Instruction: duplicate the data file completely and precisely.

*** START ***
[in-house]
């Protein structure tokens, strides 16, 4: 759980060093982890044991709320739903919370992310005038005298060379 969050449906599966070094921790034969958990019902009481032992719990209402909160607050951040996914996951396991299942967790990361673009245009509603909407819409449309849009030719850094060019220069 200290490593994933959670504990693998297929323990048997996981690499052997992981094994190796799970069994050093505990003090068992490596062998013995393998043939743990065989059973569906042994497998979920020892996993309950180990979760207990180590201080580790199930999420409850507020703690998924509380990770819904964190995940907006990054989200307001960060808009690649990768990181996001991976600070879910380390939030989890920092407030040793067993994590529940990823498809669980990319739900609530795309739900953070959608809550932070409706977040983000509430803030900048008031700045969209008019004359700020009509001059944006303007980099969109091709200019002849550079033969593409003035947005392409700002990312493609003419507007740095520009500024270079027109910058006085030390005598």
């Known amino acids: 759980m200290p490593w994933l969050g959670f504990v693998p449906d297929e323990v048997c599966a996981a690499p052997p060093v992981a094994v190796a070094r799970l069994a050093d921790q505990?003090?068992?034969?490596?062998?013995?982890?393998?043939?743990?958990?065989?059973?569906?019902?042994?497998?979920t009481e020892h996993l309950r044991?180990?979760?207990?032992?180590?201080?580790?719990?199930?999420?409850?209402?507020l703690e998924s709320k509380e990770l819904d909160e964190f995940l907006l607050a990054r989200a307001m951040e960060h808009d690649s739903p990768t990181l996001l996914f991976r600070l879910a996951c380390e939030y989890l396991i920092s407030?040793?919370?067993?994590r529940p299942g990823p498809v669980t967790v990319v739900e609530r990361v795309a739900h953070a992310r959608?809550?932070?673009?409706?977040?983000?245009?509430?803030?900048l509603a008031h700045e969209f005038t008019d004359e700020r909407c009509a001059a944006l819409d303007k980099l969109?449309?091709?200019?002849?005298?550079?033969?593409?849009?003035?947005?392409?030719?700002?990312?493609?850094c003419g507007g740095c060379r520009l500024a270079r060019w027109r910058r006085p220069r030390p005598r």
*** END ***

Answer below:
[in-house]
């Protein structure tokens, strides 16, 4: 759980060093982890044991709320739903919370992310005038005298060379 969050449906599966070094921790034969958990019902009481032992719990209402909160607050951040996914996951396991299942967790990361673009245009509603909407819409449309849009030719850094060019220069 200290490593994933959670504990693998297929323990048997996981690499052997992981094994190796799970069994050093505990003090068992490596062998013995393998043939743990065989059973569906042994497998979920020892996993309950180990979760207990180590201080580790199930999420409850507020703690998924509380990770819904964190995940907006990054989200307001960060808009690649990768990181996001991976600070879910380390939030989890920092407030040793067993994590529940990823498809669980990319739900609530795309739900953070959608809550932070409706977040983000509430803030900048008031700045969209008019004359700020009509001059944006303007980099969109091709200019002849550079033969593409003035947005392409700002990312493609003419507007740095520009500024270079027109910058006085030390005598």
């Known amino acids: 759980m200290p490593w994933l969050g959670f504990v693998p449906d297929e323990v048997c599966a996981a690499p052997p060093v992981a094994v190796a070094r799970l069994a050093d921790q505990?003090?068992?034969?490596?062998?013995?982890?393998?043939?743990?958990?065989?059973?569906?019902?042994?497998?979920t009481e020892h996993l309950r044991?180990?979760?207990?032992?180590?201080?580790?719990?199930?999420?409850?209402?507020l703690e998924s709320k509380e990770l819904d909160e964190f995940l907006l607050a990054r989200a307001m951040e960060h808009d690649s739903p990768t990181l996001l996914f991976r600070l879910a996951c380390e939030y989890l396991i920092s407030?040793?919370?067993?994590r529940p299942g990823p498809v669980t967790v990319v739900e609530r990361v795309a739900h953070a992310r959608?809550?932070?673009?409706?977040?983000?245009?509430?803030?900048l509603a008031h700045e969209f005038t008019d004359e700020r909407c009509a001059a944006l819409d303007k980099l969109?449309?091709?200019?002849?005298?550079?033969?593409?849009?003035?947005?392409?030719?700002?990312?493609?850094c003419g507007g740095c060379r520009l500024a270079r060019w027109r910058r006085p220069r030390p005598r």